Its average swimming speed is 6.5–10 km/h (4–6 mph). On shallower dives under 60 m (200 ft), it averages 2 km/h (1.2 mph) descending and ascending, while on deeper dives over 150 m (490 ft) deep, it averages 5 km/h (3.1 mph) in both directions. On land, the King Penguin alternates between walking with a wobbling gait and tobogganing—sliding over the ice on its belly, propelled by its feet and wing-like flippers. Like all penguins, it is flightless.
King penguins eat small fish, and squid and rely less than most Southern Ocean predators on krill and other crustaceans. Fish constitute 80–100% of the diet, except in winter months of July and August, when they make up only 30%. Lanternfish are the main fish taken, principally the species Electrona carlsbergi and Krefftichthys anderssoni, as well as Protomyctophum tenisoni. Slender escolar (Paradiplospinus gracilis) of the Gempylidae, and Champsocephalus gunneri, is also consumed. Cephalopods consumed include those of the genus Moroteuthis, the hooked squid species Kondakovia longimana, the Sevenstar Flying Squid (Martialia hyadesii), young Gonatus antarcticus and Onychoteuthis species.
The King Penguin's predators include birds and aquatic mammals; Skua species (Stercorarius spp.) take small chicks and eggs, while the Snowy Sheathbill (Chionis alba) scavenges for dead chicks and unattended eggs. The Leopard Seal (Hydrurga leptonyx) takes adult birds at sea. Orcas may also hunt king penguins.
Courtship and breeding
The King Penguin is able to breed at three years of age, although only a very small minority (5% recorded at Crozet Islands) actually do then; the average age of first breeding is around 6 years. King Penguins are serially monogamous. They have only one mate each year, and stay faithful to that mate. However, fidelity between years is only about 29%. The long breeding cycle may contribute to this low rate.
The King Penguin has an unusually prolonged breeding cycle, taking some 14–16 months from laying to offspring fledging. Although pairs will attempt to breed annually, they are generally only successful one year in two, or two years in three in a triennial pattern on South Georgia. The reproductive cycle begins in September to November, as birds return to colonies for a prenuptial moult. Those that were unsuccessful in breeding the previous season will often arrive earlier. They then return to the sea for three weeks before coming ashore in November or December. The female penguin lays one pyriform (pear-shaped) white egg weighing 300 g (⅔ lb). It is initially soft, but hardens and darkens to a pale greenish colour. It measures around 10 × 7 cm (3.9 × 2.8 in). The egg is incubated for around 55 days with both birds sharing incubation in shifts of 6–18 days each. Hatching may take up to 2–3 days to complete, and chicks are born semi-altricial and nidicolous. In other words, they have only a thin covering of down and are entirely dependent on their parents for food and warmth. The young chick is brooded in what is called the guard phase, spending its time balanced on its parents' feet and sheltered by its pouch. During this time, the parents alternate every 3–7 days, one incubating while the other forages. This period lasts for 30–40 days before the chicks form crèches, a group of many chicks together. A penguin can leave its chick at a crèche while it fishes as a few adult penguins stay behind to look after them. Other varieties of penguins also practice this method of communal care for offspring.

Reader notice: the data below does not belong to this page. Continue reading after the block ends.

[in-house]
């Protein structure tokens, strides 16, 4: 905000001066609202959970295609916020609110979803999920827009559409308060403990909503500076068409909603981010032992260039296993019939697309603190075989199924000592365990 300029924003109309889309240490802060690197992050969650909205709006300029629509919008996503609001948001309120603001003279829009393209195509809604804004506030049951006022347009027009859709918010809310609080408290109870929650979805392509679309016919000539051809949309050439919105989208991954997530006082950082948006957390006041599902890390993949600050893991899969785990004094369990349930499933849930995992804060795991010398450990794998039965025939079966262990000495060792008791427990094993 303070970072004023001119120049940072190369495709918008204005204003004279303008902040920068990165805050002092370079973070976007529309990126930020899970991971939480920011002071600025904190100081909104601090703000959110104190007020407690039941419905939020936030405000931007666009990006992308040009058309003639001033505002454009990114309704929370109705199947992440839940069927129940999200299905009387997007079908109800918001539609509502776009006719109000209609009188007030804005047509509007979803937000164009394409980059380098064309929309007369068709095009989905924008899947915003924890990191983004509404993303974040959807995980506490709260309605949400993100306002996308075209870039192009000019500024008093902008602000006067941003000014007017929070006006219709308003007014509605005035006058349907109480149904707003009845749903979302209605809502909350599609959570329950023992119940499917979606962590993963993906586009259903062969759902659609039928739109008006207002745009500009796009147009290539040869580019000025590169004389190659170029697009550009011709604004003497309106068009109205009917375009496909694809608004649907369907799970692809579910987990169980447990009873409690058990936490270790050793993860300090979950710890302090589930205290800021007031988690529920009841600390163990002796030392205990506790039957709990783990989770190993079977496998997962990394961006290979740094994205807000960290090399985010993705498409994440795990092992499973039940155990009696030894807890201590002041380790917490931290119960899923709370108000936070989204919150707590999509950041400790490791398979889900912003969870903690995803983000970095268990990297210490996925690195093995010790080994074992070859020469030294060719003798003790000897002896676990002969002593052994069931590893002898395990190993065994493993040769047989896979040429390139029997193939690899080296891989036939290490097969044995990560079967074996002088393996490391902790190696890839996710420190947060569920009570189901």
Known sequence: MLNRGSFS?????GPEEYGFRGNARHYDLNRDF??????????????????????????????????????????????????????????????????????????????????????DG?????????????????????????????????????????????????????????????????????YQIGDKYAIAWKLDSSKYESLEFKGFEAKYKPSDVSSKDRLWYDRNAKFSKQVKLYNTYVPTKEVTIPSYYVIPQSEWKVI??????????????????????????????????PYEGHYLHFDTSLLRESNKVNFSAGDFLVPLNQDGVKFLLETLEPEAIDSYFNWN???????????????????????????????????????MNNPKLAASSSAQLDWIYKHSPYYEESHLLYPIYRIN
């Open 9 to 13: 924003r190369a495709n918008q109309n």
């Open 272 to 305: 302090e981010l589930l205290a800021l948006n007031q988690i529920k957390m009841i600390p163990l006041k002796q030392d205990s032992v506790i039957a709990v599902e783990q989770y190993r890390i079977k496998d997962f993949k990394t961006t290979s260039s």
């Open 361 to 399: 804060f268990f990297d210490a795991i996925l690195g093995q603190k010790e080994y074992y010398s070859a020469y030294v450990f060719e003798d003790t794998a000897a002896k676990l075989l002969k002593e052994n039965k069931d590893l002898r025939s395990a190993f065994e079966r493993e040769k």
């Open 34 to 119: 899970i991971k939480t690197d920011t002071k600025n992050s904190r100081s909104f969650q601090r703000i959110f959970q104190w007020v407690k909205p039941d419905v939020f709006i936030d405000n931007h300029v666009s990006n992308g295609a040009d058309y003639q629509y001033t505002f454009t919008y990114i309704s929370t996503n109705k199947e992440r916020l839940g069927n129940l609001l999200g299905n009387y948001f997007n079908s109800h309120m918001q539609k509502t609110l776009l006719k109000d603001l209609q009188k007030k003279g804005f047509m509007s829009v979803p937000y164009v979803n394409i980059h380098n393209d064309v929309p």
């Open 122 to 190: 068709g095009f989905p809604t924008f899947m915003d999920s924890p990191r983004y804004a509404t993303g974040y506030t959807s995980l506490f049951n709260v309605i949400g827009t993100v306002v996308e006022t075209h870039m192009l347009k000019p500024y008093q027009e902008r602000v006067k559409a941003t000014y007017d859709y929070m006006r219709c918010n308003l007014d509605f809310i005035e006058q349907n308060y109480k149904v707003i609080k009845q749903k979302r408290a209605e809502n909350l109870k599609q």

By April the chicks are almost fully grown, but lose weight by fasting over the winter months, gaining it again during spring in September. Fledging then takes place in late spring/early summer.
King Penguins form huge breeding colonies; for example, the colony on South Georgia Island at Salisbury Plain holds over 100,000 breeding pairs and the one at St. Andrew's Bay over 100,000 birds. Because of the long breeding cycle, colonies are continuously occupied.
The King Penguin feeds its chicks by eating a fish, digesting it slightly and regurgitating the food into the chick's mouth.
Because of their large size, King Penguin chicks take 14–16 months before they are ready to go to sea. This is markedly different from smaller penguins, who rear their chicks through a single summer when food is plentiful. King Penguins time their mating so the chicks will develop over the harshest season for fishing. In this way, by the time the young penguins are finally mature enough to leave their parents, it is summer when food is plentiful and conditions are more favorable for the young to survive alone.
Relationship with humans
Considered a flagship species, 176 individuals were counted in captivity in North American Zoos and Aquaria in 1999. The species has been bred in captivity at SeaWorld in San Diego, USA. The species is exhibited at SeaWorld in Orlando, Florida, USA, Indianapolis Zoo, USA, Detroit Zoo, USA, Saint Louis Zoo, USA, Newport Aquarium in Newport, Kentucky, USA, Edinburgh Zoo in Scotland, Berlin Zoological Garden in Germany, Zurich Zoo in Switzerland, 63 Seaworld in Seoul, South Korea, Melbourne Aquarium in Australia, Mar del Plata Aquarium in Argentina and Loro Parque in Spain.
It is also the emblem of Edinburgh Zoo.
Roger Tory Peterson's ornithological nickname was "King Penguin".
Notable King Penguins
- Sir Nils Olav, mascot and Colonel in Chief of the Royal Norwegian Guard
- Misha, a central character and metaphor in two novels by Ukrainian writer Andrey Kurkov
- The King Penguin is also the species of penguin represented by the popular character Pondus, an image found on various paraphernalia in many retail stores throughout Canada. Pondus originates in Danish children's books written and photographed by Ivar Myrhøj and published in 1997 by Lademann publisher in the late 1960s. These penguins appeared in the production of Batman Returns.
- Opus the Penguin, a fictional character in the comic strips Bloom County, Outland, and Opus, is a king penguin and the most famous character of the comic strips.
- BirdLife International (2004). Aptenodytes patagonicus. 2006. IUCN Red List of Threatened Species. IUCN 2006. www.iucnredlist.org. Retrieved on 12 May 2006. Database entry includes justification for why this species is of least concern